However, while providing useful information about the level of sterilization applied to the equipment or component in a particular sterilization cycle, the prior art concerns only the sterilization of the equipment or component and does not address other issues concerning the ongoing utility of the particular component, which must be assessed visually or in some other non-standardized manner.

Hence it is desirable to provide a device and method for qualification of valid autoclave cycle, but that also integrates the data obtained by the device into the system or network for further use/processing by the network to provide additional information on the particular component, such as predictive end-of-life calculations, intelligent service metrics, and institutional infection control compliance, among others.

BRIEF DESCRIPTION OF THE INVENTION

There is a need or desire for a device, system and method that can improve clinical management of medical accessory/equipment/component reprocessing to result in improvement of patient clinical outcome due to reduced risk of Hospital Acquired Infection (HAI) and cross contamination at the host device level.

A medical device is provided that includes a higher level of automated intelligence in order to more effectively utilize data recorded by the device concerning the sterilization of a re-processable medical accessory/component.

In an exemplary embodiment of the device and associated method, a tracking device including high operating-temperature electronics and an autoclavable power source is provided as a compact, automated and self-contained simple data logger with capability of withstanding the high ambient temperature and extreme steam heat used in sterilizing reusable medical device equipment/components. The device includes one or more sensors to automatically sense and store information on the parameters of various autoclave cycle(s) for the component associated with the tracking device, such as the starting and ending temperatures and their respective timestamps of each autoclave cycle(s). This information is stored within in a data record on the tracking device for the individual equipment/component. The data record stored on the tracking tag for the component can be used as objective evidence of valid autoclave sterilization cycles for the component. The stored data can also provide information for the host system and/or the user of the status for the component, including information related to the last time the component was sterilized, the time between sterilization cycles, the time for replacement of the component, and to provide a warning if the device was returned to service without proper sterilization, among other types of information.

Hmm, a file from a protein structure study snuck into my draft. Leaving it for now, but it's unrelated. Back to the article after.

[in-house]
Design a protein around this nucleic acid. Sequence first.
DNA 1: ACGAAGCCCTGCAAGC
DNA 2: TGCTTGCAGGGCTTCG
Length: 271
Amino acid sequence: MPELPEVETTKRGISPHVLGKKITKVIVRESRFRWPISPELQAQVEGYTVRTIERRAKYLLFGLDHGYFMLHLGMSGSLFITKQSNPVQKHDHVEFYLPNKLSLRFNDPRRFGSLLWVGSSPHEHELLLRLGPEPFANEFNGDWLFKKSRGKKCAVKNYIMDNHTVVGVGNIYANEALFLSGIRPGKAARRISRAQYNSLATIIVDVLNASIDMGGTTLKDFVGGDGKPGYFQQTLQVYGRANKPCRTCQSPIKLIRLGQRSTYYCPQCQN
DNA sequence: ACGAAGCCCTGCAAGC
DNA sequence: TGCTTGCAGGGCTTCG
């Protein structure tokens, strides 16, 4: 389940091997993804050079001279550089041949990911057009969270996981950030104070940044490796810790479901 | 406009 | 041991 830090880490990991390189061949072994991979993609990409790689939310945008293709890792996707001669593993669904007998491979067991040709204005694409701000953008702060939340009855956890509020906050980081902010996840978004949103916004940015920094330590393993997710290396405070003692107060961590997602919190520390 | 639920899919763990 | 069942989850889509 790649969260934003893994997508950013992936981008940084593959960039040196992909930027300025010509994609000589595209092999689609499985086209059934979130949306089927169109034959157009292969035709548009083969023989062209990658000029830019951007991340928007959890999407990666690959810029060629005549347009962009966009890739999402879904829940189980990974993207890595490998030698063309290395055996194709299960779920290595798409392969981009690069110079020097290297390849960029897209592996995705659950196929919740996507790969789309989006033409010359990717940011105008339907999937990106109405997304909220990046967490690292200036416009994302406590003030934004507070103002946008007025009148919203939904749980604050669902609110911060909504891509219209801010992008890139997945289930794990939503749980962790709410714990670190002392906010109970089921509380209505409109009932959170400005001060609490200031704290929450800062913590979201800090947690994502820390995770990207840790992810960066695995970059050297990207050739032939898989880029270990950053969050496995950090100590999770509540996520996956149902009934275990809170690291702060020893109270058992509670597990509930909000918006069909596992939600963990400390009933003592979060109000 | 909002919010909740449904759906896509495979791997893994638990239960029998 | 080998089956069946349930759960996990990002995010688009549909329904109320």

According to one exemplary embodiment of the invention, a tracking tag is provided that includes a sterilization-resistant housing, a microprocessor, at least one sensor connected to the microprocessor and configured to sense a sterilization parameter regarding the sterilization of the component, an electronic storage unit connected to the microprocessor and configured to record, data from the sensor on the sterilization status of the component, and a wired/wireless network interface operably connected to the microprocessor.